b. On Dec. 14, 2006, the UN General Assembly adopted Resolution 61/128 which states in part. “The General Assembly... Requests the Special Committee to collaborate with the Permanent Forum on Indigenous Issues and the Committee on the Elimination of Racial Discrimination within the framework of their respective mandate, with the aim of exchanging information on developments in these non-self-governing territories which are reviewed by these bodies”……[A/61/49/Vol. I pg 235]. Forum members, The Pacific indigenous peoples must request that the Forum take action to initiate the recommendations attached hereto in responding to the General Assembly’s request to this body.

c. To date the Forum has deferred to the Special Committee. The time has come for the Forum to take the lead. To this end we request the Forum take the following action:

1. Sponsor and expert seminar in conjunction with the CERD and the Special Committee on Decolonization to examine the impact of the UN Decolonization process on indigenous peoples of the NSGT’ which are now, or have been listed on the UN list of NSGT’s. This seminar must be under the auspices of the Forum because of existing problems with the Secretariat of the Special Committee. We request that Independent Expert Carlyle G. Corbin be included in the seminar as well as the UN Special Rapporteur on the Human Rights and Fundamental Freedoms of Indigenous Peoples. We also request that indigenous peoples of the NSGT’s and territories previously under NSGT status also be included.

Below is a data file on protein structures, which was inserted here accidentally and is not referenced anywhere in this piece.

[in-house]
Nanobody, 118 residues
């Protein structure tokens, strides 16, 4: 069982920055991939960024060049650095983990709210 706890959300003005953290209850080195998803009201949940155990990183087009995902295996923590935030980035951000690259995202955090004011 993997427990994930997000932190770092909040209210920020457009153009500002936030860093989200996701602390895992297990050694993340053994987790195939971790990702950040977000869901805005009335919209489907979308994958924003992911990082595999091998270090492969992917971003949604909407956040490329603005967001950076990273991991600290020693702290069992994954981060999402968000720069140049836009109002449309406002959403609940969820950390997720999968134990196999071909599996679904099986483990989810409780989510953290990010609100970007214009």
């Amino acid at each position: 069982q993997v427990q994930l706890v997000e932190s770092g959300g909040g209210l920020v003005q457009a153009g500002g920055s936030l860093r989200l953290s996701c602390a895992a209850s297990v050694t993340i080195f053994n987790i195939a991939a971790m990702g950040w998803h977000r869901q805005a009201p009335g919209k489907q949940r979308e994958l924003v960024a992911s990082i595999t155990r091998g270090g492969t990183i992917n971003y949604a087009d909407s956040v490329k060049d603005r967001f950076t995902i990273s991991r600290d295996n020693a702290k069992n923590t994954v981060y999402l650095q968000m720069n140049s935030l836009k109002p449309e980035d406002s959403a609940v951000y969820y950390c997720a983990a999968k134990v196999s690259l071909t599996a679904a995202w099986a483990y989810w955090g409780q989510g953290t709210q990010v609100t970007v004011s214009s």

2. That the Forum utilize the Inter-Agency Support Group to begin to implement the (POI) Program of Implementation with UN Agencies, UNDP, UNEP and other agencies and specialized bodies as directed by the General Assembly.

3. That the Forum communicate its concern for the human rights of indigenous peoples and all peoples in the NSGT’s to the UN Human Rights Council and request that the Council designate a Special Rapporteur on the Situation of the Peoples of the Non-Self-Governing Territories.

I will look forward to working with the Forum Experts on these issues.